Go where people like you. That advice comes courtesy of artist Scooter LaForge, a man who lives by his word. In this installment of our new video series Zoomed In, we speak to LaForge, who has been a proud New Yorker since receiving a fellowship at Cooper Union School of Art in the early 2000s, following creative stints in New Mexico (where he’s from), Arizona and San Francisco. Known for his wild, colorful and frequently wearable designs, LaForge started out silk-screening T-shirts at a nightclub in Brooklyn. It was there that a buyer for Patricia Field invited him to create shirts for the Sex and the City costume designer’s flagship store. That placed him firmly in the tradition of other downtown artists whose works blurred the boundaries of genres and mediums.
Now LaForge works out of his studio in Soho, a space he’s filled with artistic inspiration (think: stuffed animals pinned to canvases, cartoon pop art festooning the walls and closets overflowing with exaggerated fashions). He describes his pieces as “art/fashion,” a term Patricia Field coined in the 1980s and that he helped revive when he began creating his one-of-a-kind pieces for her now-defunct Bowery storefront.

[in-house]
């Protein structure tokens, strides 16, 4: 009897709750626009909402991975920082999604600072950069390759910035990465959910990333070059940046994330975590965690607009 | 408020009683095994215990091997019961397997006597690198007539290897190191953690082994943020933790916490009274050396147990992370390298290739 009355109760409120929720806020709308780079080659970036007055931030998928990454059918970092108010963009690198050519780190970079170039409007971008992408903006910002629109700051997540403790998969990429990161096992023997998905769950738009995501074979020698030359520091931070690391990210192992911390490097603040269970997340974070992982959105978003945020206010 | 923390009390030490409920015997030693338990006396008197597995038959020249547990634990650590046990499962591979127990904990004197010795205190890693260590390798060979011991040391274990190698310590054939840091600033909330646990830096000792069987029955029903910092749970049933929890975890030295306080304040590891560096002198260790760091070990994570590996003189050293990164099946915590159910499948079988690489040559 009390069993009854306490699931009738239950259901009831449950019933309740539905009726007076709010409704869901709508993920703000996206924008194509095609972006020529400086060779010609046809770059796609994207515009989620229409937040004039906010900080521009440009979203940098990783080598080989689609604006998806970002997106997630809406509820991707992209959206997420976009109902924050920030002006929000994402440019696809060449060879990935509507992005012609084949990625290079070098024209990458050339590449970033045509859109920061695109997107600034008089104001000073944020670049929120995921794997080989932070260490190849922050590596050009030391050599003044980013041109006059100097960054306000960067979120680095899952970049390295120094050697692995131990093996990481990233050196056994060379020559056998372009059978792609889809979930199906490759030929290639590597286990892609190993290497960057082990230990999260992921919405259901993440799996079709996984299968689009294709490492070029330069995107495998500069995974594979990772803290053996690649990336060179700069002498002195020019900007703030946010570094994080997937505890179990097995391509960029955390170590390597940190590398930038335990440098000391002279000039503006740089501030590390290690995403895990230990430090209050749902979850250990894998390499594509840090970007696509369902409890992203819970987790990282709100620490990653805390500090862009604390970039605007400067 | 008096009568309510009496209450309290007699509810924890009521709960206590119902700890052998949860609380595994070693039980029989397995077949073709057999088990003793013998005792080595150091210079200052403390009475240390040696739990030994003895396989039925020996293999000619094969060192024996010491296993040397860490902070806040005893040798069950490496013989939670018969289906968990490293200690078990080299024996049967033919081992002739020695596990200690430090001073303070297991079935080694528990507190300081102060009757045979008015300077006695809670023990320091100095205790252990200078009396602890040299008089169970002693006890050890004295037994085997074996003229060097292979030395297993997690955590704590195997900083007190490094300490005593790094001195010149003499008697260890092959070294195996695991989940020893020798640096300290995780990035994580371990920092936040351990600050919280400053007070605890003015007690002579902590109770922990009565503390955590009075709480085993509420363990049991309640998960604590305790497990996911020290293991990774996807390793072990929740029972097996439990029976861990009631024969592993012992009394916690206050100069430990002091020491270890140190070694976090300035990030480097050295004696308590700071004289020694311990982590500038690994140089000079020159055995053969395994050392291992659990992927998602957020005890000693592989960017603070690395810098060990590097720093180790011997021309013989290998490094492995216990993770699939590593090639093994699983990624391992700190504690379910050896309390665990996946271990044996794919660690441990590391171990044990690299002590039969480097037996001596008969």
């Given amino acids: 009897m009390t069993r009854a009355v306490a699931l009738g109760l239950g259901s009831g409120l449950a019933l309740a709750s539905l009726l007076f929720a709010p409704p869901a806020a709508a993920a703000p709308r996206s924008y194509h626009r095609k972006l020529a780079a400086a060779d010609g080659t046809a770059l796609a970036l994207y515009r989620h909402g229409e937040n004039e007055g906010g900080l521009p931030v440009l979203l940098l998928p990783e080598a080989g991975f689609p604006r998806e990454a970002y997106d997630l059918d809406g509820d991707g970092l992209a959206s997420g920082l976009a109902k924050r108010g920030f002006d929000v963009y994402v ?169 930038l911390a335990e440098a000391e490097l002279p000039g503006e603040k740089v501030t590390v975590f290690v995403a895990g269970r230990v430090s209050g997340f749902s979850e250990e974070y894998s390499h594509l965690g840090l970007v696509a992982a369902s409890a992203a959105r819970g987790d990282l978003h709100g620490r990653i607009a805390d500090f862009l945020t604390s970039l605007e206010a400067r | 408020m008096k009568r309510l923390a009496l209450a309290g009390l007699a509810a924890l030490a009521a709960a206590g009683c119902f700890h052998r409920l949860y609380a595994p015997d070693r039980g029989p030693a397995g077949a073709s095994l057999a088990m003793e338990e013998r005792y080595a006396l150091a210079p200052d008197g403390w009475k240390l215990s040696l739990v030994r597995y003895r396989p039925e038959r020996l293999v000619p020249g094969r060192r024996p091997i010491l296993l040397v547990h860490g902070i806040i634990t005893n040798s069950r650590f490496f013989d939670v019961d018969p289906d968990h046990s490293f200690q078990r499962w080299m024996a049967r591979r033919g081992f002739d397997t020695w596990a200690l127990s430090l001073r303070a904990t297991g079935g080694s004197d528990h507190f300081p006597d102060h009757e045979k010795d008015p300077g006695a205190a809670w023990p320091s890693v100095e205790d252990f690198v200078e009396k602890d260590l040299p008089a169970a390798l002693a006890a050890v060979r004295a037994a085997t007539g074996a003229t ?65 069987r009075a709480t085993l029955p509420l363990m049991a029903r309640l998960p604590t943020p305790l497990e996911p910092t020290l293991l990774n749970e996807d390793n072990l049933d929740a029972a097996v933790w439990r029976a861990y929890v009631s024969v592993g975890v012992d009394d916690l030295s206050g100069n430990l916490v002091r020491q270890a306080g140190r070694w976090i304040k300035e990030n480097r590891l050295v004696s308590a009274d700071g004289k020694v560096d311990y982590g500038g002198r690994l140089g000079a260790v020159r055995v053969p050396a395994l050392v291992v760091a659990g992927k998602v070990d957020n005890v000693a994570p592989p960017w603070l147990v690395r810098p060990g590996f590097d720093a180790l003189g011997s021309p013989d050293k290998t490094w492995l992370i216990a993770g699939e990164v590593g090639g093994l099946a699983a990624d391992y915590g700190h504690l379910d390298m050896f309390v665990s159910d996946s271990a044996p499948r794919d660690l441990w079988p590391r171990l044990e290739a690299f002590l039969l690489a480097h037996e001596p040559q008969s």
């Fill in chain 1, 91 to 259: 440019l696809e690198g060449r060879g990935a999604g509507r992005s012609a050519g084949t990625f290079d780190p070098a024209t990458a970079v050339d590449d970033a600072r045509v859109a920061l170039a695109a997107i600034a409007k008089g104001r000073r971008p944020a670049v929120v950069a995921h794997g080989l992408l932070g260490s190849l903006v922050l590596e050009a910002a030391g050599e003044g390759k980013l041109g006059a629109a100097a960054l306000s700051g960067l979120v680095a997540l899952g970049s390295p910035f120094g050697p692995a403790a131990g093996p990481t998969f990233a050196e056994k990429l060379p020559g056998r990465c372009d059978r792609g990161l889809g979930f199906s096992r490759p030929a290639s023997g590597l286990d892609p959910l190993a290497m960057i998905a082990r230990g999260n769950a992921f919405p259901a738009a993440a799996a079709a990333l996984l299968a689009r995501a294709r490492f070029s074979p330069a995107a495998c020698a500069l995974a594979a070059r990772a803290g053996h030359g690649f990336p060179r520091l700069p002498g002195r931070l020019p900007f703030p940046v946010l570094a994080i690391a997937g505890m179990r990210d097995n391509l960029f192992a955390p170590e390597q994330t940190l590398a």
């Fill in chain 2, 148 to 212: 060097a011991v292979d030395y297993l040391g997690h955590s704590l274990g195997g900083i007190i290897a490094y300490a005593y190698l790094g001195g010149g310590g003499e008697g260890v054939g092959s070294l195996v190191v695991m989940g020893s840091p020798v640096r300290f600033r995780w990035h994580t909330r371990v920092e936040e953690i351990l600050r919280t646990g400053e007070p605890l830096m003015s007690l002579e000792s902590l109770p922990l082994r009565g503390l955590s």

His paintings (usually done on T-shirts, jackets or pants) feature a bright color palette and a range of subjects—tongue-in-cheek versions of Richie Rich and SpongeBob, deranged smiley faces, a variety of monsters. The success of his collection at Patricia Field led LaForge to exhibit his art in places around the world like Stockholm, Vienna and Berlin as well as in stores such as Barneys and Dover Street Market. He has also painted one-of-a-kind pieces for music royalty: Debbie Harry, Madonna and Rihanna, to name a few. Going where people like you? Seems like a solid business decision.